In a 2009 article for the Cued Speech Association UK Newsletter about her history with Cued Speech June wrote,
‘I have been fascinated by speech and language as long as I can remember. I grew up in the cosmopolitan island of Trinidad where I heard nine different languages and saw different cultures around me. I was then sent to a boarding school in England where from the age of 13 we had to speak French all day. Periodically deafness crossed my path. After training at Homerton College and then the Department of Education for the Deaf at Manchester University I taught deaf children at a school for the deaf and was teacher-in-charge at a partially hearing unit. At the same time I also taught deaf adults for three evenings each week at the City Lit Institute for the Deaf in London. In 1969, when I had a young family of my own, Winifred Tumim (later Lady Tumim) asked me to teach her profoundly deaf daughter Emma privately for four mornings a week. In 1970 she asked me if I would consider using Cued Speech. As a lack of clear communication had slowed all my teaching I jumped at it. I also taught Anthony Jefferson and Alistair Adamson. Winifred went to America and spent a week with Dr Orin Cornett, the devisor of Cued Speech, and adapted it to British English. I spent two one-hour sessions with her and learned to cue in 20 hours from an audio cassette recording. Sadly Winifred died in November 2009 and those who use Cued Speech owe much to her vision. I taught my three pupils to cue with ease and their vocabulary growth, language, reading and writing skills progressed remarkably as lipreading instruction and language became clear and frustration virtually vanished.’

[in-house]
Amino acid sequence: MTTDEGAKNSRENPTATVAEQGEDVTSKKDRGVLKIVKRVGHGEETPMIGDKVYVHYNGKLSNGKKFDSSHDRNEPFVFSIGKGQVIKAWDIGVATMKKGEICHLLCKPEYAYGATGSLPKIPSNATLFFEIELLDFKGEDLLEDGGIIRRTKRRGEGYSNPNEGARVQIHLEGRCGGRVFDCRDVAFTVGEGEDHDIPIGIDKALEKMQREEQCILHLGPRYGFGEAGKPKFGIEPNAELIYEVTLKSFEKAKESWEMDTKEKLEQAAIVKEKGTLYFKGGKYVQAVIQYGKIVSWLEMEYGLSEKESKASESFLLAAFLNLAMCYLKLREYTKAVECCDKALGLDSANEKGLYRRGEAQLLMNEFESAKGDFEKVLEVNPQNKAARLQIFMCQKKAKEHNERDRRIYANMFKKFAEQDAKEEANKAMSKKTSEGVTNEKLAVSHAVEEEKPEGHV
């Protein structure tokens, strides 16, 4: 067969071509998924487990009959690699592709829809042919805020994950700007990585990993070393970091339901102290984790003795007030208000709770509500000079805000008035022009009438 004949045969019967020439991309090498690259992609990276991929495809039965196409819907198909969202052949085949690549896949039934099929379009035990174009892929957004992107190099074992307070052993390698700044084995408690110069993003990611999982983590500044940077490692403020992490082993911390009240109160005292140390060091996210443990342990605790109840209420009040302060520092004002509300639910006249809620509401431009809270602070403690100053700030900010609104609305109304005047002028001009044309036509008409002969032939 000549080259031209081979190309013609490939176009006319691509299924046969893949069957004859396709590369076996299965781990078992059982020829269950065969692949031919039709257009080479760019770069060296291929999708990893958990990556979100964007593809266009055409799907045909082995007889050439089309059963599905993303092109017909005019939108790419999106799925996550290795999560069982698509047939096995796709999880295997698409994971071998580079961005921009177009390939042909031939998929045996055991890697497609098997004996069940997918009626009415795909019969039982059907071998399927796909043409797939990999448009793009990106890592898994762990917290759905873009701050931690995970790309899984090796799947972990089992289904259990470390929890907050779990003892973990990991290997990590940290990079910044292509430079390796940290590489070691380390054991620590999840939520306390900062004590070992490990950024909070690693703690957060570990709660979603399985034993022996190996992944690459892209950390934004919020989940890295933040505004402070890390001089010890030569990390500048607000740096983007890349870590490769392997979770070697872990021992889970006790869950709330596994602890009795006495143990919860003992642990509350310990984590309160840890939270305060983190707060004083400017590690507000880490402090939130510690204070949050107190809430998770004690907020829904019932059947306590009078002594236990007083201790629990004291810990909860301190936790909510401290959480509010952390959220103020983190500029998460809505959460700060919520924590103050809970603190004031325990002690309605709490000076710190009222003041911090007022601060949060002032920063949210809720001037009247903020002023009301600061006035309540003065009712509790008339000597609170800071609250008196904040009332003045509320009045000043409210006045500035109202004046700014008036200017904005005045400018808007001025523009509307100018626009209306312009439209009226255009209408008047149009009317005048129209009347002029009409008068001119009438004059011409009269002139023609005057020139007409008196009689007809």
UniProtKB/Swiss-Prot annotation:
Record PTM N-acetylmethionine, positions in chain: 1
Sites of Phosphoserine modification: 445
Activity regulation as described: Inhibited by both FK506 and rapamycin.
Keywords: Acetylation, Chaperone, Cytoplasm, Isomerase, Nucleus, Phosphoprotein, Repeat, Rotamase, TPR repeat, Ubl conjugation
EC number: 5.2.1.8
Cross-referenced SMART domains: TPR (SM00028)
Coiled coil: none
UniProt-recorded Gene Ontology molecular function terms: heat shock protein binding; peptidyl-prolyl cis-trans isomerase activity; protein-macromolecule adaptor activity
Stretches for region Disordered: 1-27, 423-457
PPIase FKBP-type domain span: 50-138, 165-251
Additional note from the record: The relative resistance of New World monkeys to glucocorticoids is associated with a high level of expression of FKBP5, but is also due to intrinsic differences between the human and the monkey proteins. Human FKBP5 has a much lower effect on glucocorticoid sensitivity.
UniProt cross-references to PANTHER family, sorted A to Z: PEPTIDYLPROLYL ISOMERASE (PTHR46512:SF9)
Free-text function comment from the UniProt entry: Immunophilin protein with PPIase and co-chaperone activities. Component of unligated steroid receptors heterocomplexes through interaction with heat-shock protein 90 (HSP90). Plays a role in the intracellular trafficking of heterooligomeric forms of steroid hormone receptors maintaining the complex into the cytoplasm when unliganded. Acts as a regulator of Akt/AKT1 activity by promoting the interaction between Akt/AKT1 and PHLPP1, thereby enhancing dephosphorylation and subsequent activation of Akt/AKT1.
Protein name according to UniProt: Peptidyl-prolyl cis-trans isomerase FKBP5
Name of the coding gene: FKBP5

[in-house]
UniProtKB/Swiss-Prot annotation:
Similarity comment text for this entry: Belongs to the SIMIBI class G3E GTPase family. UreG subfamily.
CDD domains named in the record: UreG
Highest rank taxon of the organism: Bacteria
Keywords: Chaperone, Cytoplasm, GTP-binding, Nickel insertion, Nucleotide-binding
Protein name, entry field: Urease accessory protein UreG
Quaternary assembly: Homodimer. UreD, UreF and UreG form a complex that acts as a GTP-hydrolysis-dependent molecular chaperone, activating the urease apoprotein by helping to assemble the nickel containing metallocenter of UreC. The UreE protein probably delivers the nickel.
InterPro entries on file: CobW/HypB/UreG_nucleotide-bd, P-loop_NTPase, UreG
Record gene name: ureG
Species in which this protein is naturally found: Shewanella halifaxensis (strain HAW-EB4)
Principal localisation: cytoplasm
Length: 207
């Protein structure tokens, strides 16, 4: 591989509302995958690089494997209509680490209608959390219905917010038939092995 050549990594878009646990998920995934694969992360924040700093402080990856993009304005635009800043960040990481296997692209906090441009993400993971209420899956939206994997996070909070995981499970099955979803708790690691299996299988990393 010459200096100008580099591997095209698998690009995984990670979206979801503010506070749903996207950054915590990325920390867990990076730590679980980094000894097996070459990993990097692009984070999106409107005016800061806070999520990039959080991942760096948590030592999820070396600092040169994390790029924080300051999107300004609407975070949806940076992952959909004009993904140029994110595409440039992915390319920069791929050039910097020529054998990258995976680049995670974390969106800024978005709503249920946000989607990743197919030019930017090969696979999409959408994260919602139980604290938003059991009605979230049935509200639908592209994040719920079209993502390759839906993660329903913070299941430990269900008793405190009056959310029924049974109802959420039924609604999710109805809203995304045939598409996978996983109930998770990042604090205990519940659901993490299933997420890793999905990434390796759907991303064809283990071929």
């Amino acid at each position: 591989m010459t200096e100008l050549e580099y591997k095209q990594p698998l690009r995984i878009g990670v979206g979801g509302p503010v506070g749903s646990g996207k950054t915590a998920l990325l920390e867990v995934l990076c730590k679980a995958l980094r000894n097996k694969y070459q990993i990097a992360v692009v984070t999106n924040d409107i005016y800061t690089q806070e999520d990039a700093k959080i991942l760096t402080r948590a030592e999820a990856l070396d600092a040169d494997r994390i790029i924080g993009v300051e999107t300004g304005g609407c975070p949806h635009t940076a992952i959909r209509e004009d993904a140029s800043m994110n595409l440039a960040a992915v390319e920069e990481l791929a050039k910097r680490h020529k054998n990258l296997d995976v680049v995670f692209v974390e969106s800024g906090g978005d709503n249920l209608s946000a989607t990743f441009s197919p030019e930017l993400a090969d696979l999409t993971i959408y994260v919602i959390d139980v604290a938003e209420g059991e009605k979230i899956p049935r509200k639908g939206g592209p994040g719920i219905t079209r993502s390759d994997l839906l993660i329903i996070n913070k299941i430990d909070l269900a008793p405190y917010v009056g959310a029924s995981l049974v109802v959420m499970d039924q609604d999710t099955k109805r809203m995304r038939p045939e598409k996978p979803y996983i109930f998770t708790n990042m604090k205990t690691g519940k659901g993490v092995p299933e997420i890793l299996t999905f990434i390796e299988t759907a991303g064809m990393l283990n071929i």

Inspired by the unprecedented successes of her pupils, in 1975 June ‘sought help to establish a national centre for Cued Speech so that it could be made available to any families with deaf children, the adult deaf and professionals.’
‘It was supported for three formative years by the charity KIDS. The Centre introduced Cued Speech to 39 counties in the UK, ran a national Cued Speech conference, a residential course and developed a Cue Club. I ran courses, lectured to various societies, institutes, hospitals, universities, polytechnics and educational authorities. I raised a question in the House of Commons on the reading ages of deaf children. In 1978 the Centre became independent, as originally intended, and became The National Centre for Cued Speech until 2001 when it became the Cued Speech Association UK.’